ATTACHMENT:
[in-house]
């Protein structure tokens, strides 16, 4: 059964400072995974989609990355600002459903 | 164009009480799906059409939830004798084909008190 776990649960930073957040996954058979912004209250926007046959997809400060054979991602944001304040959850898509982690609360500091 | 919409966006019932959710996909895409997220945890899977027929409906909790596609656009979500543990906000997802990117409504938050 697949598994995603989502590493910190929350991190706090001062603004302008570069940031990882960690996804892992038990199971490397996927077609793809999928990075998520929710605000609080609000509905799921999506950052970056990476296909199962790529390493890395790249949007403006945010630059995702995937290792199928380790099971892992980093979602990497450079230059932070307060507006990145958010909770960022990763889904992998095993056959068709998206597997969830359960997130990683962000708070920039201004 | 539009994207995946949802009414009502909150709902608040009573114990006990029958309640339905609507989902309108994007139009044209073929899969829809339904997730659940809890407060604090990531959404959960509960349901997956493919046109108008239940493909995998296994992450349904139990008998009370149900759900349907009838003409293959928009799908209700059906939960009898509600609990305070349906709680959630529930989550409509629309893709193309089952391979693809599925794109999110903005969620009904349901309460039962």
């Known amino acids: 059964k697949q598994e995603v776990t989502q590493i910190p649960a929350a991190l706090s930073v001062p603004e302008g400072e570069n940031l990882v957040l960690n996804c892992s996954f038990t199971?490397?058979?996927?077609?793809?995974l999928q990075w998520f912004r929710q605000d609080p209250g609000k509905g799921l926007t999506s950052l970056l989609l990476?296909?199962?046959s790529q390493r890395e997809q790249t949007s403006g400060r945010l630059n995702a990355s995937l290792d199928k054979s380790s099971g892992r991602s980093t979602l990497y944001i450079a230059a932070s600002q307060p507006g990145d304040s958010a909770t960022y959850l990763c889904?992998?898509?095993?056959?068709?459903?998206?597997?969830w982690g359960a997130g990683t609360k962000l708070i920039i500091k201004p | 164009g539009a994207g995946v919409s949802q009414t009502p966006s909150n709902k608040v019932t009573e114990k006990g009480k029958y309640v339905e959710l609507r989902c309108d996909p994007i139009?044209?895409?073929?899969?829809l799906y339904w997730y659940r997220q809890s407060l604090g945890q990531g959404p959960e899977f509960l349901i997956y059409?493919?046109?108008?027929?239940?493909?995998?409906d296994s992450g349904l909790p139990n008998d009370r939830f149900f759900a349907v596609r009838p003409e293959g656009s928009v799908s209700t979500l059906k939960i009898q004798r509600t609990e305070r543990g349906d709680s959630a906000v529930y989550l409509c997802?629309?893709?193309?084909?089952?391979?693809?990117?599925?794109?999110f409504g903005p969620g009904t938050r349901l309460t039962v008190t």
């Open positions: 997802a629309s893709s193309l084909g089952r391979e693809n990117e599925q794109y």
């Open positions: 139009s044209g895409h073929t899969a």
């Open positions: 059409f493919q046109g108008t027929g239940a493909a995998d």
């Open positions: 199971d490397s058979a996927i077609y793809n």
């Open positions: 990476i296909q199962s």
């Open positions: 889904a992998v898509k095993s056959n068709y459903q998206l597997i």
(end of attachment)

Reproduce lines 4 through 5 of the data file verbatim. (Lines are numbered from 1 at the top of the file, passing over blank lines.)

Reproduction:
């Open positions: 997802a629309s893709s193309l084909g089952r391979e693809n990117e599925q794109y």
């Open positions: 139009s044209g895409h073929t899969a």